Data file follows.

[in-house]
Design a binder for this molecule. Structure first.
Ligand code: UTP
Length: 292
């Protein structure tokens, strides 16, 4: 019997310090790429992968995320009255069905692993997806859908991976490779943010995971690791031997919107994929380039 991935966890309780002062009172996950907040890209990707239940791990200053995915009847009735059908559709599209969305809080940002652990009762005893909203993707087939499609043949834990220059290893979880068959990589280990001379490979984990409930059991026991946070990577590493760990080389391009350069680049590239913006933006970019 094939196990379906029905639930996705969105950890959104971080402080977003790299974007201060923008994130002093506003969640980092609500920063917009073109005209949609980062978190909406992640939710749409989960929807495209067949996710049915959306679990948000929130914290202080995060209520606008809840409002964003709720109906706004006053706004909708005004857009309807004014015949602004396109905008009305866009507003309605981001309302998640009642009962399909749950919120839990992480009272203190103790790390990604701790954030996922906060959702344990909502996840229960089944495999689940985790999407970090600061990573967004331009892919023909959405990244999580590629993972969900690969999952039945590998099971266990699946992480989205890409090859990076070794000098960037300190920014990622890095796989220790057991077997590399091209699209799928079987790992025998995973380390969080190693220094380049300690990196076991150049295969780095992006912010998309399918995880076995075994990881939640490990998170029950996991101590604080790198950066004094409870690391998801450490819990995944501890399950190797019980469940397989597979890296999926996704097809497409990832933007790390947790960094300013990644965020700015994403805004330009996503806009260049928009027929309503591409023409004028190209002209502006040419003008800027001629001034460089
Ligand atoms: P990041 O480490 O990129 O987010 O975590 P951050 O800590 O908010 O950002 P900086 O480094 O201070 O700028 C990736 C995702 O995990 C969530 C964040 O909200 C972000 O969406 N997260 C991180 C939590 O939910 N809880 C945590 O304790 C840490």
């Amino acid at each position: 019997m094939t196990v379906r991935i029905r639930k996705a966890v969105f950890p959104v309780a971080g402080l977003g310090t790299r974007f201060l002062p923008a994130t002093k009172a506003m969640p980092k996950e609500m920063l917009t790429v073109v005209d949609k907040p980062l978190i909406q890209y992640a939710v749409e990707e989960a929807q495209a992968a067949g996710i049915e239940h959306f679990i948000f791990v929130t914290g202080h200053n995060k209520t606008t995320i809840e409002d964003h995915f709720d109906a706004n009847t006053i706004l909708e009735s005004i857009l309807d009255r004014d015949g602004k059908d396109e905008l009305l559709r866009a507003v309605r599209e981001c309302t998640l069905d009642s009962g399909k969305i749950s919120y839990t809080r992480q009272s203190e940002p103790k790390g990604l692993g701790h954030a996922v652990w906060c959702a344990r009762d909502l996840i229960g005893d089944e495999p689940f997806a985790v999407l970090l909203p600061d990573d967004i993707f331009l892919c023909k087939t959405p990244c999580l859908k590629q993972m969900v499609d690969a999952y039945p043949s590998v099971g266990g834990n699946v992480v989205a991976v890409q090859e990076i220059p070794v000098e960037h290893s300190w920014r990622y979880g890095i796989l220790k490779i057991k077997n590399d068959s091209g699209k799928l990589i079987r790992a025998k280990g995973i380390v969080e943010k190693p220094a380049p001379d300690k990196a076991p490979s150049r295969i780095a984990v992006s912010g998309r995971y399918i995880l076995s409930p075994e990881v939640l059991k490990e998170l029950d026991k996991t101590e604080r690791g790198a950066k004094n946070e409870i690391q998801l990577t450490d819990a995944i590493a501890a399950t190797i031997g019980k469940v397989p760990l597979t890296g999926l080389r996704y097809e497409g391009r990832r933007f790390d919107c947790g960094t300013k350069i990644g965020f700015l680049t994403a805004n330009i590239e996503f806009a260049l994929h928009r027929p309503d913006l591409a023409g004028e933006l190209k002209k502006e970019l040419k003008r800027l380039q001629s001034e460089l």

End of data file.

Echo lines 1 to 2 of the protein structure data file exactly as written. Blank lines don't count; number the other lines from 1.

[in-house]
Design a binder for this molecule. Structure first.